• capital investment to cope with the student load
    • recruitment that supports maintenance of academic staff levels
    • evaluation that student experience has not been adversely affected
  • Written agreement with strategic partners describing the provision of facilities and equipment and services to support the student load
  • Historical data which shows that the fluctuation is temporary or the provider has coped with that level of student load previously
  1. Attrition rate
  • Data provided showing improving attrition rate as a result of measures such as:
    • identification and tracking of students at risk with support strategies/projects in place
    • analysis of student performance in relation to admission
  • Evidence on reasons for attrition leading to adjusted attrition rate (e.g. data demonstrating significant proportion of students moving from a regional provider to another institution)
  1. Progress rate and Completions
  • Data provided showing improving progress rate (and completions) as a result of measures such as:
    • Identification and tracking of students at risk with support strategies/projects in place
    • analysis of student performance in relation to admission
  1. Graduate satisfaction
  • Data provided showing improving student satisfaction as a result of measures such as:
    • Analysis of teacher performance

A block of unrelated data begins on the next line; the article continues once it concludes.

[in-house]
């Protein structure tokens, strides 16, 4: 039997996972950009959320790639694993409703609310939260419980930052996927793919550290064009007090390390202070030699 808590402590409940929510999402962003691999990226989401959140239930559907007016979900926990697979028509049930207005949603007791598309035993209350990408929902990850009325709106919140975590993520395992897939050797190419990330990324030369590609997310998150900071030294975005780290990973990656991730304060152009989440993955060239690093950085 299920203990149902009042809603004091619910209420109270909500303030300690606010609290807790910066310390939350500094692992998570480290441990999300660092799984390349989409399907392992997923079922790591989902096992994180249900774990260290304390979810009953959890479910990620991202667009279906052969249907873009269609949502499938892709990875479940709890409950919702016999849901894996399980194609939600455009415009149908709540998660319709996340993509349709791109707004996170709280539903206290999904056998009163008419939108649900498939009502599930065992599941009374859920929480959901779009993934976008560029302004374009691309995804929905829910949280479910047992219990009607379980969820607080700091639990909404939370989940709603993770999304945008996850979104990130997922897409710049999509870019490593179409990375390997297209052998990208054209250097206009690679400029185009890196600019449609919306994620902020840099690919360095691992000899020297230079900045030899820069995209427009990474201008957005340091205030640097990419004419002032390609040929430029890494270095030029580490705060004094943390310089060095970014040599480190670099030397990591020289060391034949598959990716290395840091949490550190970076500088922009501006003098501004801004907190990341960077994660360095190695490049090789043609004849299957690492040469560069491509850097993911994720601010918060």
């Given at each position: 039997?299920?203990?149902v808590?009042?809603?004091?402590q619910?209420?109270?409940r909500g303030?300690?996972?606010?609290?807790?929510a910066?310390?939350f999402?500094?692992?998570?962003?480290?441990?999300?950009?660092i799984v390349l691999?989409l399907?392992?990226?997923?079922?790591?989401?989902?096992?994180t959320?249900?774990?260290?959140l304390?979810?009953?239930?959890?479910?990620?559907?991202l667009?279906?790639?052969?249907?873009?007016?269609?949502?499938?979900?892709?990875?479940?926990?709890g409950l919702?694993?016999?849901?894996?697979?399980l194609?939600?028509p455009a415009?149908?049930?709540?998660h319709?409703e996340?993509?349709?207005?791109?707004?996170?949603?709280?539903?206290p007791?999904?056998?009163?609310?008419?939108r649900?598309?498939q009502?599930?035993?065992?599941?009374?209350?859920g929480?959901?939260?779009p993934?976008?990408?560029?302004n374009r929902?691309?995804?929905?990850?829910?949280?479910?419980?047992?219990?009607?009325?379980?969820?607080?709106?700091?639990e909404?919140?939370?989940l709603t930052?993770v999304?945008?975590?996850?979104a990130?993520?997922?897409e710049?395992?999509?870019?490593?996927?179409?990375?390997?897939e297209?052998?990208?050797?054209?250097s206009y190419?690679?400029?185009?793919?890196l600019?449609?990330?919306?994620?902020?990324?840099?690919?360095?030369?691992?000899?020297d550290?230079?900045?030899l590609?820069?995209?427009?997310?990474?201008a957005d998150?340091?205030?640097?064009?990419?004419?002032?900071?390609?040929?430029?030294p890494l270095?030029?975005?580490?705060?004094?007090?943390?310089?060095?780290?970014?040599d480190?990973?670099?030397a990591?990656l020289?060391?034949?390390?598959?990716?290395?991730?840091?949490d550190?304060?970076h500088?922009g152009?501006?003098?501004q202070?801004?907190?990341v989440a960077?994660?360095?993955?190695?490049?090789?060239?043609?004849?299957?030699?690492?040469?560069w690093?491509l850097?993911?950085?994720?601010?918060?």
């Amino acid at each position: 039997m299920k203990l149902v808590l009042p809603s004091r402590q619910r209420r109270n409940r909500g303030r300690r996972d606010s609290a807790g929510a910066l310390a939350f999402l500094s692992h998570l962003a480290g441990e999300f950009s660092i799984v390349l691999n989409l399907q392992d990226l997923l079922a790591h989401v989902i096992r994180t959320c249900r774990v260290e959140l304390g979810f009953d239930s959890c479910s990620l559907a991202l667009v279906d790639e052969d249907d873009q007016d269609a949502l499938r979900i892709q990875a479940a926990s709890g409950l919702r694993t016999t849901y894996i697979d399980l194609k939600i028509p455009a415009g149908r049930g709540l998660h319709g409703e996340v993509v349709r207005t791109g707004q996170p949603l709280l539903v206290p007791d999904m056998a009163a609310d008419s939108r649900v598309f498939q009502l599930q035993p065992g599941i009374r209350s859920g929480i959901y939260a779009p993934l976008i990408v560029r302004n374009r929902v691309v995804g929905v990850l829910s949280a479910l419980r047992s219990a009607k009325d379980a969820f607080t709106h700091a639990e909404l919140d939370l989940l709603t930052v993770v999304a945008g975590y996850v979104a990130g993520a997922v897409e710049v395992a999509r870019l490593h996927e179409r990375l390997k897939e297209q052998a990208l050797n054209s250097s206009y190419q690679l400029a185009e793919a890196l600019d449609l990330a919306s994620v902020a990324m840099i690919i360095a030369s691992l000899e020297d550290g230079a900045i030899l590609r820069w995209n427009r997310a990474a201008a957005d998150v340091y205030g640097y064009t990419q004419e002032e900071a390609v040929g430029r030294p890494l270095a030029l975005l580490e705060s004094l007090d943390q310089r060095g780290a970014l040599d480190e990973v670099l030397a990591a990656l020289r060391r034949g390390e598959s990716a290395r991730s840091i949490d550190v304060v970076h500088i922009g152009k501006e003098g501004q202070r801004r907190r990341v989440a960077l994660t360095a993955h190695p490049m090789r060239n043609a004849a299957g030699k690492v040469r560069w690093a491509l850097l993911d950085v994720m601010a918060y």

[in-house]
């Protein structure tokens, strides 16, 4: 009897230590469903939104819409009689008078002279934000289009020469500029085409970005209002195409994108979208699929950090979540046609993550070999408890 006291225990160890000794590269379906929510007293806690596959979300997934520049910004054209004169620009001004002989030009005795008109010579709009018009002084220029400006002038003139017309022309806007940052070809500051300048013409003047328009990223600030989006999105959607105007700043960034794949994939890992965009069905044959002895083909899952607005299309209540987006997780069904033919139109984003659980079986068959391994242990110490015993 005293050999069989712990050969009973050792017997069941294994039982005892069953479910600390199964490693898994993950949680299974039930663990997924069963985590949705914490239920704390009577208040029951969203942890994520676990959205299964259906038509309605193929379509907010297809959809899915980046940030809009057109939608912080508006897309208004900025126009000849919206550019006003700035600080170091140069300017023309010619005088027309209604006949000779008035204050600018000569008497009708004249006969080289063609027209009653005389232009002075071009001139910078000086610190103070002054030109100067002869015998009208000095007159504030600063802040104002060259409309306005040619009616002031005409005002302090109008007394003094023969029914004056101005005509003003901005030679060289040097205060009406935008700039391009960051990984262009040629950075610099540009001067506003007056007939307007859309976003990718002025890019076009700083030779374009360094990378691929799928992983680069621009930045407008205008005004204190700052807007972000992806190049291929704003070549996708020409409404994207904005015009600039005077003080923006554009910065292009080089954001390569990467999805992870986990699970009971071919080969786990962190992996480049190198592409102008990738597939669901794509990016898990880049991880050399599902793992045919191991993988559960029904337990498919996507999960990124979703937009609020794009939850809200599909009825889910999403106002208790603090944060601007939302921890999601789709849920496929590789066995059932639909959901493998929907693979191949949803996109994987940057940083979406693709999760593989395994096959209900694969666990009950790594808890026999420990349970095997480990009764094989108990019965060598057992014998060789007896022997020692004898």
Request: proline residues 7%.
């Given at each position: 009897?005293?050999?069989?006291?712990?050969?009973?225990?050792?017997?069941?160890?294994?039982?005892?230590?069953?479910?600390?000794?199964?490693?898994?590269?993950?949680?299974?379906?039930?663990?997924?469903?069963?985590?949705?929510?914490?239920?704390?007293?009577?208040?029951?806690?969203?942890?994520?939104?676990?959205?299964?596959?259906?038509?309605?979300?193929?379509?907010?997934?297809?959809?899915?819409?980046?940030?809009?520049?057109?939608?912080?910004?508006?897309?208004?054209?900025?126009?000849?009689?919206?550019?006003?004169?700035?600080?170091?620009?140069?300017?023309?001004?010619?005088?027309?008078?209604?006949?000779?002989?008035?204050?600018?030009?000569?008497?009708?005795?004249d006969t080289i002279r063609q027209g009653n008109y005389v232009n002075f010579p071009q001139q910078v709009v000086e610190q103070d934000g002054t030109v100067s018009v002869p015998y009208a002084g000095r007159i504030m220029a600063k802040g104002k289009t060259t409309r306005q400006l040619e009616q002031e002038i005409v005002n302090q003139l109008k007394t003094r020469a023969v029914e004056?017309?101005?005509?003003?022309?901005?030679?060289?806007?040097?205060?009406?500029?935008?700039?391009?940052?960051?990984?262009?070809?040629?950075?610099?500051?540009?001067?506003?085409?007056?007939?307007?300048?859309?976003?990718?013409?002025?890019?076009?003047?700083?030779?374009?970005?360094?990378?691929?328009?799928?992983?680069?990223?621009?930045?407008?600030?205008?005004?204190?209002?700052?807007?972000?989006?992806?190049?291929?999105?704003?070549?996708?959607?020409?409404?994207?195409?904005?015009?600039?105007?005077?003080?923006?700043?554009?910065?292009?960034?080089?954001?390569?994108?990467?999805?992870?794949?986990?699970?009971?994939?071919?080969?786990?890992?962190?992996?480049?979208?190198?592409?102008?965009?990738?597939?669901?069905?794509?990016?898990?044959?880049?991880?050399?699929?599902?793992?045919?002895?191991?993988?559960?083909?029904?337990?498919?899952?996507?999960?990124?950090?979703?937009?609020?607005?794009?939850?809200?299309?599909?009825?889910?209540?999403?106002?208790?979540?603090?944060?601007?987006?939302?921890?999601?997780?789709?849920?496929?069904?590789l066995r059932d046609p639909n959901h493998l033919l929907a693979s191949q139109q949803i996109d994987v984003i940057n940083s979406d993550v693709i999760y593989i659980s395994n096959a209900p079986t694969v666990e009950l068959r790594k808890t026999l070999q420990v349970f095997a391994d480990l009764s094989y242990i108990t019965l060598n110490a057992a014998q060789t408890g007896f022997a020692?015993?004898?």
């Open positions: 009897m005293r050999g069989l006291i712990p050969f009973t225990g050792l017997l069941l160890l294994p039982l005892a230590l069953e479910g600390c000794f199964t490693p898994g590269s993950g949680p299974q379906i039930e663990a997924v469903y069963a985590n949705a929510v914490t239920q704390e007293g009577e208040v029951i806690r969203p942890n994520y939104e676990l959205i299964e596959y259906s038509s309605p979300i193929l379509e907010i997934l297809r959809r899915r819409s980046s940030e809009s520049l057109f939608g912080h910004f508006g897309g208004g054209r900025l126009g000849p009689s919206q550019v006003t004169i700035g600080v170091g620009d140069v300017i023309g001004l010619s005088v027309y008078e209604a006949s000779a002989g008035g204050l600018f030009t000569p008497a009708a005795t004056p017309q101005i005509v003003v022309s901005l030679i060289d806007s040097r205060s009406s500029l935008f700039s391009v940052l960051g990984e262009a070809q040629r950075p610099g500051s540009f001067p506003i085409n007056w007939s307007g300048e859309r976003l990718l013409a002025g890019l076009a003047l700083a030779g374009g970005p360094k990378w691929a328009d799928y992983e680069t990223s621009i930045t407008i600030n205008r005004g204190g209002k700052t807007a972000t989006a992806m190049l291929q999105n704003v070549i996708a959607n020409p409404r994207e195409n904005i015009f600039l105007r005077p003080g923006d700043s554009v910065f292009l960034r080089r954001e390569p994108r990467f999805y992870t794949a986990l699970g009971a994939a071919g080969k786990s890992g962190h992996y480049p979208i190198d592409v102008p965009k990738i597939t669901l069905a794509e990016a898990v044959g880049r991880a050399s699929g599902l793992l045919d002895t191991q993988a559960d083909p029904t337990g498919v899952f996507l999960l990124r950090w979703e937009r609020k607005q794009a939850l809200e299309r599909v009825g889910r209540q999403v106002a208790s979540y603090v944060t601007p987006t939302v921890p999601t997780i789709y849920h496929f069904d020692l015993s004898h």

• Review of course content and delivery model from provider
    • Analysis of achievement of learning outcomes from provider
  1. Graduate destinations
  • Data provided showing improving graduate destination result as a result of measures such as:
    • Analysis of market positioning of the institution/course from provider
    • Analysis of achievement of learning outcomes from provider
  • Significant and unexpected decline of job market or analysis of specific local market or discipline conditions
  • Evidence that the provider has committed additional career support resources against a plan to assist graduates to transition to employment
  1. Senior academic leaders
  • Single or highly specialised field of education with qualified core staff providing academic leadership as demonstrated through:
    • Academic standing
      1. Active in the relevant academic communities (e.g. research, consultancy or advisor of contemporary issues)